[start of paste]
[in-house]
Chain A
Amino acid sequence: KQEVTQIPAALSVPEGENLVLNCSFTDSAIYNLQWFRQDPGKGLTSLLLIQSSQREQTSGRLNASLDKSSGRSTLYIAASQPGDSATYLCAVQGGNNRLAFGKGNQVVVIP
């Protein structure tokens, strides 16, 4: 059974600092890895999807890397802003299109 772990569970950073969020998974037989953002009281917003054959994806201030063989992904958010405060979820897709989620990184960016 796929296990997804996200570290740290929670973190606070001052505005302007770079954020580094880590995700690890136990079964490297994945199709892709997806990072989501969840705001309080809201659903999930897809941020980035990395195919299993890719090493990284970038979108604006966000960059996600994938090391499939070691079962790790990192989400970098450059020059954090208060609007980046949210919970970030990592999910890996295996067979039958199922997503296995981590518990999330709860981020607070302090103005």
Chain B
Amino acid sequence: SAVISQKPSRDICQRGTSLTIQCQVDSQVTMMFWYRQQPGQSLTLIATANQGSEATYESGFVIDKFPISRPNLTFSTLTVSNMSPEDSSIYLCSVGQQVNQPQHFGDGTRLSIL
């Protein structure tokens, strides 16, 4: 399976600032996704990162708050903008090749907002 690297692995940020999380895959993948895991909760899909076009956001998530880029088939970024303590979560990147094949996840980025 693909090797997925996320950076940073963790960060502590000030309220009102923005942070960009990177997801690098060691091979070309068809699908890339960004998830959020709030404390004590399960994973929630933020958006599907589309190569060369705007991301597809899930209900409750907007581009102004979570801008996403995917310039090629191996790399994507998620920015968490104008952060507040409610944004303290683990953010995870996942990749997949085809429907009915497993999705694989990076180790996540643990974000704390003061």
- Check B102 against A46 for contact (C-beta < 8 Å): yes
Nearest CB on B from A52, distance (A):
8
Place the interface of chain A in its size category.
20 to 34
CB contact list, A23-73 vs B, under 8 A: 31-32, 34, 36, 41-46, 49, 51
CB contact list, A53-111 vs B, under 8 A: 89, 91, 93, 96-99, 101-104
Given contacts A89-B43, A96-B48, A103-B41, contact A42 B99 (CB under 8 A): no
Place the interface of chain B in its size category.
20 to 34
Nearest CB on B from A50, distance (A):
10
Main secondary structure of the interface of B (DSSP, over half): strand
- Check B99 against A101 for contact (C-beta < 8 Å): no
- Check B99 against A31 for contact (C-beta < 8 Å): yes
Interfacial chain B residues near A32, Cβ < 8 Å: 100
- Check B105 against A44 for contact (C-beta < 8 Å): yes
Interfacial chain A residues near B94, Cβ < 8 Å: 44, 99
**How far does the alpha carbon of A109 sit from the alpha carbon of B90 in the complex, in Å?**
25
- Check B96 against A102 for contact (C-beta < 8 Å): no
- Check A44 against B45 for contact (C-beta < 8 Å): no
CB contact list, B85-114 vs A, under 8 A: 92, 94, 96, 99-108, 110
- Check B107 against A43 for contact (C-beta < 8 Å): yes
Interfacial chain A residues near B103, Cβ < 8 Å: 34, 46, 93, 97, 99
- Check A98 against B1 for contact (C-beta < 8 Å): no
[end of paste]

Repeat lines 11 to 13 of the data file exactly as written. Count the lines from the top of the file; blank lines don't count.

Place the interface of chain A in its size category.
20 to 34
CB contact list, A23-73 vs B, under 8 A: 31-32, 34, 36, 41-46, 49, 51